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Earlier, TEPCO attempted to freeze the water at the gateways leading from the facilities to the trench, but was unsuccessful because the water was moving.
According to TEPCO, engineers are now working to block the gateways with special cement-based sealant and packing. “We’ve now been able to freeze between 80 to 90 percent of the water,” said Yoshida.
A third preventative scheme that is showing some success is a bypass system that TEPCO has built on the hillside above the plant. This involves pumping up groundwater before it drains downhill.
The water is stored locally and tested for possible contamination that could result from rainwater seepage carrying down surface radiation. TEPCO said the stored water is discharged only when it is clean enough to return to the sea.
“This bypass system has reduced the groundwater flow entering the plant site from 400 tonnes to between 320 to 350 tonnes daily,” a METI official told Al Jazeera on condition of anonymity.
A fourth scheme involves constructing a steel barricade between the plant and the existing seawall, to prevent contaminated groundwater seeping from the plant from entering the ocean. It is almost completed and scheduled to be in operation soon.
If these schemes prove successful, TEPCO will have breathing space to begin work on fully decontaminating the water in the storage tanks. What it will do with the water after that is under discussion. One possibility is to discharge it into the sea.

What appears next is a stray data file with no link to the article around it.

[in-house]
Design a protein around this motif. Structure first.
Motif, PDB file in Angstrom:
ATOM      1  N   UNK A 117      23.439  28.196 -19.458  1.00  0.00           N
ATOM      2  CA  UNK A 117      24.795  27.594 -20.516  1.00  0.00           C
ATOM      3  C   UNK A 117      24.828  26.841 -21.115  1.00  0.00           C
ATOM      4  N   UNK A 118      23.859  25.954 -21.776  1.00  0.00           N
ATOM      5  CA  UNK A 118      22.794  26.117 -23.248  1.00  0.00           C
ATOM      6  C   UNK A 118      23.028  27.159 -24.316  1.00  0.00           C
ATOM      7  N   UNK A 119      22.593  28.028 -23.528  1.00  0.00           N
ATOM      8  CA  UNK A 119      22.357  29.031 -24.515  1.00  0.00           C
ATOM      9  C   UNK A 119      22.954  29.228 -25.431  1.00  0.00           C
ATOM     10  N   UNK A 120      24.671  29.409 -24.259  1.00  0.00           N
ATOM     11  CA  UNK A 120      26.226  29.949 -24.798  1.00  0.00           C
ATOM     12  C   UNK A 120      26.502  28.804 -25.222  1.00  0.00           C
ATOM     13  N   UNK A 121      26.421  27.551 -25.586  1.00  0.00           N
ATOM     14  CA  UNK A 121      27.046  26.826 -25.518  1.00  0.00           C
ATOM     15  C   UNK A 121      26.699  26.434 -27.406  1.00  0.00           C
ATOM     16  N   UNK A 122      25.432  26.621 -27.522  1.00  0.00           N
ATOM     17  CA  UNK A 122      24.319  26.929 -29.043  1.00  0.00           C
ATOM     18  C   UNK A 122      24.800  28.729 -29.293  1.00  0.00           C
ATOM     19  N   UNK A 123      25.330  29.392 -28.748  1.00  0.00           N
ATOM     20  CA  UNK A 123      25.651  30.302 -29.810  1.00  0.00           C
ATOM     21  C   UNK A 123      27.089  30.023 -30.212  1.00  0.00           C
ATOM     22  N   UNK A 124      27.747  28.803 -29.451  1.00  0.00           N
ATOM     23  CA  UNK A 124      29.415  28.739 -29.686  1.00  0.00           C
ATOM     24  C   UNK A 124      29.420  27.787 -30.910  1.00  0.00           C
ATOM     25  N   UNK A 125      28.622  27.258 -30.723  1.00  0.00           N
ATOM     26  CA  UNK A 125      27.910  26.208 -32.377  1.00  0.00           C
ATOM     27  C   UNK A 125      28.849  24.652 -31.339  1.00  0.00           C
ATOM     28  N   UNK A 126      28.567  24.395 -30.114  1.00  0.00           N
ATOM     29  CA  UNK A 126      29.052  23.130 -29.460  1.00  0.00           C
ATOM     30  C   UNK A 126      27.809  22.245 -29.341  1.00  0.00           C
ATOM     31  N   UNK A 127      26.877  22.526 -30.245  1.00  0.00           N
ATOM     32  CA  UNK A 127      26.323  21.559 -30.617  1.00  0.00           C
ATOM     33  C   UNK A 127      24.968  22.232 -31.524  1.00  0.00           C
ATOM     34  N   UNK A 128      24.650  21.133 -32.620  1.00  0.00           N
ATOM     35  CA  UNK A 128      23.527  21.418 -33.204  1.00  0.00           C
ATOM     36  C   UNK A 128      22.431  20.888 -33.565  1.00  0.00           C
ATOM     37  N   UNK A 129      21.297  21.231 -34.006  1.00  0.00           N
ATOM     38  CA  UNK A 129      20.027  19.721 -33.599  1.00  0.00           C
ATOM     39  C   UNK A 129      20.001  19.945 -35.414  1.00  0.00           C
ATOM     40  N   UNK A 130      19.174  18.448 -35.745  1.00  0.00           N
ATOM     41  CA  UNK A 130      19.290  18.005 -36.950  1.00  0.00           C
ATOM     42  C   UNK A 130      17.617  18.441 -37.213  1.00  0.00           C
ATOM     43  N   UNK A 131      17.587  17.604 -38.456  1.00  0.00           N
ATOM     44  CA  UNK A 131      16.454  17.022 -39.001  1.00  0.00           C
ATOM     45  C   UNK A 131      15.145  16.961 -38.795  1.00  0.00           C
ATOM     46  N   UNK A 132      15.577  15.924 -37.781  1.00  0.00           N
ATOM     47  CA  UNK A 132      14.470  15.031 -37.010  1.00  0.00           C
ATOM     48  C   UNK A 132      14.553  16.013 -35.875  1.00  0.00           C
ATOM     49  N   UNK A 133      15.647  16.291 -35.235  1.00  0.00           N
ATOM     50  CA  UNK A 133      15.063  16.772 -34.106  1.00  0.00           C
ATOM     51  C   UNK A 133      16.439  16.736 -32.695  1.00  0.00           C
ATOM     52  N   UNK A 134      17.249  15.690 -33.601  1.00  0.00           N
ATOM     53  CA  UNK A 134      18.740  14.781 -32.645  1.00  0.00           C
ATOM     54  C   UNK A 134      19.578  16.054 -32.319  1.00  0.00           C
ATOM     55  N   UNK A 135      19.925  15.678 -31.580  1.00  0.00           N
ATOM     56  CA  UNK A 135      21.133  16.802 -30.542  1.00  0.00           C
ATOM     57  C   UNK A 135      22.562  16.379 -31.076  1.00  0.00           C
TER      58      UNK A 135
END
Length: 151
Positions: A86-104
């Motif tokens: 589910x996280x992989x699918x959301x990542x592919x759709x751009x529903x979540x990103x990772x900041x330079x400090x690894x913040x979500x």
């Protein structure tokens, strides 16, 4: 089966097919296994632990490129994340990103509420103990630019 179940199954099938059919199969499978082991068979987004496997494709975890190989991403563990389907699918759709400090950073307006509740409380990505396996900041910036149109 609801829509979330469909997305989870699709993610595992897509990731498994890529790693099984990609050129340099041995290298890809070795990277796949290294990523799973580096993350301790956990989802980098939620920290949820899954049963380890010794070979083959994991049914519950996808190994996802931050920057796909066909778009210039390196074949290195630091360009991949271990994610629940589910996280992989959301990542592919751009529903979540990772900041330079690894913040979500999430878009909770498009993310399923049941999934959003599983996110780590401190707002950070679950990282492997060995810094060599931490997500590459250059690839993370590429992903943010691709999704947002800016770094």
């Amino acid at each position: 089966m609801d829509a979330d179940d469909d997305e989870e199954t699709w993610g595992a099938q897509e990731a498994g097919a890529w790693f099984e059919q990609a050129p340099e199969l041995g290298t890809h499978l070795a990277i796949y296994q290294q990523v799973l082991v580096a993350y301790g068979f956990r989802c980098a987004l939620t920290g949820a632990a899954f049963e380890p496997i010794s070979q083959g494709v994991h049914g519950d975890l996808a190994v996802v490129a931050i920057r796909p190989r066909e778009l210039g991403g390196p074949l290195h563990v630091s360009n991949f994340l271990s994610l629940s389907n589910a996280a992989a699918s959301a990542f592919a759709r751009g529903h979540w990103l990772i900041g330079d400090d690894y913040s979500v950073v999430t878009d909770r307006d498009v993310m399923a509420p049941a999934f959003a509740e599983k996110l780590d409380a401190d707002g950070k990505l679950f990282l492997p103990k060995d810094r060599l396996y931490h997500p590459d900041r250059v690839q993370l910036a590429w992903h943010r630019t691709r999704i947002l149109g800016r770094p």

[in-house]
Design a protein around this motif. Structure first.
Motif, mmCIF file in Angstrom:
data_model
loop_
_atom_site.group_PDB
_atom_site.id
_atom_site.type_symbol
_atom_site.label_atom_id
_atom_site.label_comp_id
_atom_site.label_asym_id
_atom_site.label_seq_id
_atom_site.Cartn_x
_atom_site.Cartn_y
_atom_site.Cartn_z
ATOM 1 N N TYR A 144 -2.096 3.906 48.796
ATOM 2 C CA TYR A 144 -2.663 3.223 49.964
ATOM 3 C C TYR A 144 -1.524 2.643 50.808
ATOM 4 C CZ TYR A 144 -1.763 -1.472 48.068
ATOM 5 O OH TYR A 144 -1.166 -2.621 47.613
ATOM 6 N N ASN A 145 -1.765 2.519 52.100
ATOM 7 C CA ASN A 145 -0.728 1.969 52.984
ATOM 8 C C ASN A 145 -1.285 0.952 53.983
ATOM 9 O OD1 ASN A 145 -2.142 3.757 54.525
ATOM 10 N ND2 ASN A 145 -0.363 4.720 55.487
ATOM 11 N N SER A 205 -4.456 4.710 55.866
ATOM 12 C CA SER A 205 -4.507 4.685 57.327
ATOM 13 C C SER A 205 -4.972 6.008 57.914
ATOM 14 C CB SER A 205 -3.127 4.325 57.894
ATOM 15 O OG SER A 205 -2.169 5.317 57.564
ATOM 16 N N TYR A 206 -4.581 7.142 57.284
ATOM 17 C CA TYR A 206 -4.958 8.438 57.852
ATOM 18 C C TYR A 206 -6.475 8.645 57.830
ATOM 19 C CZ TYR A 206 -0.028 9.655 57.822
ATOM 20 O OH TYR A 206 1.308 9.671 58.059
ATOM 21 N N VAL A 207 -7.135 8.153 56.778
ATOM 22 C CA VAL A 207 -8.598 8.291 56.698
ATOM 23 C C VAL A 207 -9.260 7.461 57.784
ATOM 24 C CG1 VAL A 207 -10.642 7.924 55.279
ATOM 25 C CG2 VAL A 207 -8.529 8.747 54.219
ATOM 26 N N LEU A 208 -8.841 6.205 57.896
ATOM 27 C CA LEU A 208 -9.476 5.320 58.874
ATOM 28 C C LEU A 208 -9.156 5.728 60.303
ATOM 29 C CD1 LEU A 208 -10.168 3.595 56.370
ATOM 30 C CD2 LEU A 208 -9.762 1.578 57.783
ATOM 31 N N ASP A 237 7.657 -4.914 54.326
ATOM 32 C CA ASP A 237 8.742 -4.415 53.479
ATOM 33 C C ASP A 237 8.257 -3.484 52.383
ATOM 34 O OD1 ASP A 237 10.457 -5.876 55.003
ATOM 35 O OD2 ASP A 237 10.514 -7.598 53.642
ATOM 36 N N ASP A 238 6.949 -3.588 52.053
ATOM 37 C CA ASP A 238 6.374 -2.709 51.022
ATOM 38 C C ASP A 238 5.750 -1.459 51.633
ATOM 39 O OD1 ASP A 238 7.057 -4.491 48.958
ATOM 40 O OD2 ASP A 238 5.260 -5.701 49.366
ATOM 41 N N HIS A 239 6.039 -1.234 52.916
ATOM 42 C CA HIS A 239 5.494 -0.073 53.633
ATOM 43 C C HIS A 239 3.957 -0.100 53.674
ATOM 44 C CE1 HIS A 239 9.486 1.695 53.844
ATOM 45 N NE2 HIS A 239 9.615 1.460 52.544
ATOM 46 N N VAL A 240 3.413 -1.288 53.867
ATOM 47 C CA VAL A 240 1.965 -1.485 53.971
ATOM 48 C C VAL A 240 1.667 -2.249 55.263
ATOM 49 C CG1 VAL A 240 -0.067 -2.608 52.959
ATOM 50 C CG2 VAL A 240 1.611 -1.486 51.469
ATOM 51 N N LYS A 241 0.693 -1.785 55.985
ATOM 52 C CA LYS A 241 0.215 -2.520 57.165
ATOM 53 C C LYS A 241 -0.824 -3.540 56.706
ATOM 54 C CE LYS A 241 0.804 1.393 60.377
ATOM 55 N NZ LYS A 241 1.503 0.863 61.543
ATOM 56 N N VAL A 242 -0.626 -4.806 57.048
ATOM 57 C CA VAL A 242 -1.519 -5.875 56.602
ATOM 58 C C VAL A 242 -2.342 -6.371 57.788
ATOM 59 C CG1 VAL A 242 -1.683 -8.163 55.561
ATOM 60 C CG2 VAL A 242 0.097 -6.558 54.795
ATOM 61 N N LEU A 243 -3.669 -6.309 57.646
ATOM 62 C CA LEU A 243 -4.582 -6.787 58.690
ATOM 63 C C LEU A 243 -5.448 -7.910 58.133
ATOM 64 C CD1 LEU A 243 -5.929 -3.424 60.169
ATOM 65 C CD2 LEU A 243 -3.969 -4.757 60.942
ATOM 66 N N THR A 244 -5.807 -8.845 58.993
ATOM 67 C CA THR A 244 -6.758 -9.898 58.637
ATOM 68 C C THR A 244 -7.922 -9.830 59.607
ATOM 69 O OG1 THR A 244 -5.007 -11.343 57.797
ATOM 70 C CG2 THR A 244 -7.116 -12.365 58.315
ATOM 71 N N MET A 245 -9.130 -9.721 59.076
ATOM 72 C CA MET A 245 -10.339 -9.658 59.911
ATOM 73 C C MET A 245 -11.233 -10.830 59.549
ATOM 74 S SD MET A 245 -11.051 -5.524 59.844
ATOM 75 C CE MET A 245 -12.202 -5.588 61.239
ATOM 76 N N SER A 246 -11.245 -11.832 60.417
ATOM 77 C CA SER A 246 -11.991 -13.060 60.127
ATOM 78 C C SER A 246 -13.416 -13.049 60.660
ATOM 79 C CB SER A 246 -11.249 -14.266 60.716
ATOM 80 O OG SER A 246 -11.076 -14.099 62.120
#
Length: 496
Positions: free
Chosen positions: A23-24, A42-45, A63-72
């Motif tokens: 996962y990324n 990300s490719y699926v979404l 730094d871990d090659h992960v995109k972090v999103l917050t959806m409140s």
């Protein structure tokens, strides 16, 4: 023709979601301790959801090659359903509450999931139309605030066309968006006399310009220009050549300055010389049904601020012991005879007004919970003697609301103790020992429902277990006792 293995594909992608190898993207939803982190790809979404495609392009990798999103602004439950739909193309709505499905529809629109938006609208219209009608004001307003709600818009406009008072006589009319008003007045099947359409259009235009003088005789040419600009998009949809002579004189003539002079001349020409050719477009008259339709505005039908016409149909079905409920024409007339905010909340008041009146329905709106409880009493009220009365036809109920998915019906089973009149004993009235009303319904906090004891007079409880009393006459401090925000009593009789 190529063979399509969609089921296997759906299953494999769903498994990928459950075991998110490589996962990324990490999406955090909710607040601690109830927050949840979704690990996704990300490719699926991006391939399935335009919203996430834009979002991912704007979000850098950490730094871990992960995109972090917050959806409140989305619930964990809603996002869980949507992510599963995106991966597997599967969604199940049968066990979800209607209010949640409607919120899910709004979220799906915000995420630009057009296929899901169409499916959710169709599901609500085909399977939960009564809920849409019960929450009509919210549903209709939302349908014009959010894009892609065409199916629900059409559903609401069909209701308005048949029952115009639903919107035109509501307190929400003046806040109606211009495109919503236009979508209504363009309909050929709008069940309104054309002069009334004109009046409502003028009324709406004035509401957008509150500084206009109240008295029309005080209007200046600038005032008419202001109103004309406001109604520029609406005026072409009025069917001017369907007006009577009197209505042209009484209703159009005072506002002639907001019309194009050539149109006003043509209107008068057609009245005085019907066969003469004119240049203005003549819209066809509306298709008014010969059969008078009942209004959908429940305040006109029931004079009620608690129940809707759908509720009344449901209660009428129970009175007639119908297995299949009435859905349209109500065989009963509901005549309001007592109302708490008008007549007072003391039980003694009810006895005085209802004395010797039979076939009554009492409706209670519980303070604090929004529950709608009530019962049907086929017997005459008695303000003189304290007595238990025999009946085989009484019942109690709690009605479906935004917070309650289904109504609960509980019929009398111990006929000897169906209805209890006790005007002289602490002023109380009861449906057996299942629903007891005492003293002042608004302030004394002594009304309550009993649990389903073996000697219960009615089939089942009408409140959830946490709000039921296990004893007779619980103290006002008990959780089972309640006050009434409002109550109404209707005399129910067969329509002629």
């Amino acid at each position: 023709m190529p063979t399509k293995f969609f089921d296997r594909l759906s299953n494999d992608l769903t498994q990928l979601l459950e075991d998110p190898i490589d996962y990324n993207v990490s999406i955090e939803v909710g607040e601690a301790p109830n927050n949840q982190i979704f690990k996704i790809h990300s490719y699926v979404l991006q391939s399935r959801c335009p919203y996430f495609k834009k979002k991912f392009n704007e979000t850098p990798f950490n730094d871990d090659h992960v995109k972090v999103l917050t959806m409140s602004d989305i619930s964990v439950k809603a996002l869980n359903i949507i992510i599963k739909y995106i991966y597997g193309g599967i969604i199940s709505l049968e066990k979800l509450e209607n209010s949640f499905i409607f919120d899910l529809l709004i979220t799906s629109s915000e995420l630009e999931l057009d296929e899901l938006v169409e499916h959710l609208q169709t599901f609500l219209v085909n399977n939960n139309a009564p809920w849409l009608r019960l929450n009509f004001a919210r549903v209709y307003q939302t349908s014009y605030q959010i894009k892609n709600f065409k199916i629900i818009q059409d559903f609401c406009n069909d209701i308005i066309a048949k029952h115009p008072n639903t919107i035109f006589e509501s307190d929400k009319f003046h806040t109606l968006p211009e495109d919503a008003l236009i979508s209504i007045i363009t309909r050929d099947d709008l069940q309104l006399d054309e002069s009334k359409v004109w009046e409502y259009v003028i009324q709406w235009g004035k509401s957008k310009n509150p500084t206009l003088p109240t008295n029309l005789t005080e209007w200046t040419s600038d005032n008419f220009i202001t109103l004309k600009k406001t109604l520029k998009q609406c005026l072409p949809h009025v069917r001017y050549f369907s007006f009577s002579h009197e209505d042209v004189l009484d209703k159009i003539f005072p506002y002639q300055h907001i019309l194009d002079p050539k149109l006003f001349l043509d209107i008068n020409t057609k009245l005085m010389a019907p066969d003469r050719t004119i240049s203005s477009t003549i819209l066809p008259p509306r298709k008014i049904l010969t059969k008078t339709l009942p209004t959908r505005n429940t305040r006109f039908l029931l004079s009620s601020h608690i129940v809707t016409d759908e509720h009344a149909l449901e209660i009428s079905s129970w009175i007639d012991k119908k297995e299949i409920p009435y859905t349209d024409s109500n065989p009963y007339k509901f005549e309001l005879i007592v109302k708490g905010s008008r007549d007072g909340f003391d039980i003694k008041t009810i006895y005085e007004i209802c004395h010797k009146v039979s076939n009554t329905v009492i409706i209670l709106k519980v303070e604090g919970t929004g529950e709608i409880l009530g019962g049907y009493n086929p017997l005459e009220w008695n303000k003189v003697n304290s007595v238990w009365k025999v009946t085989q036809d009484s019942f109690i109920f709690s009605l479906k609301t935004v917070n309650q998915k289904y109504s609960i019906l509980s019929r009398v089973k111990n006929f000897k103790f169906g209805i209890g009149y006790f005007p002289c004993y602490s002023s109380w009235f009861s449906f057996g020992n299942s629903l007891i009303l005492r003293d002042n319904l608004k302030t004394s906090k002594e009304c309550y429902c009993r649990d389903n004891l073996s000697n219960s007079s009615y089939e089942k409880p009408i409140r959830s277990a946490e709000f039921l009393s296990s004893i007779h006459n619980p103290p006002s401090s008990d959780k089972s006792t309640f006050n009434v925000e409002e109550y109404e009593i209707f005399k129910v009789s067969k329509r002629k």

Getting control of the water will also enable the company to take a major step forward in the task of decommissioning the plant, which it estimates will take 40 years and cost $15bn.
“If they’re successful in isolating the reactor buildings from the groundwater, TEPCO can investigate the source of the leaks in the containment vessels,” said Matsui.
“Then they can try plugging them.” If that can be accomplished, he said, TEPCO can think about flooding these outer protective vessels with water. This would cool the inner reactor pressure vessels with their nuclear contents, as well as act as a shield against radiation.
The next stage would be to remove the covers of the containment vessels and reactor pressure vessels and assess the damage. A plan could then be devised on to how to remove the damaged nuclear material and debris.
“But that,” said Matsui, “is a long, long way off.”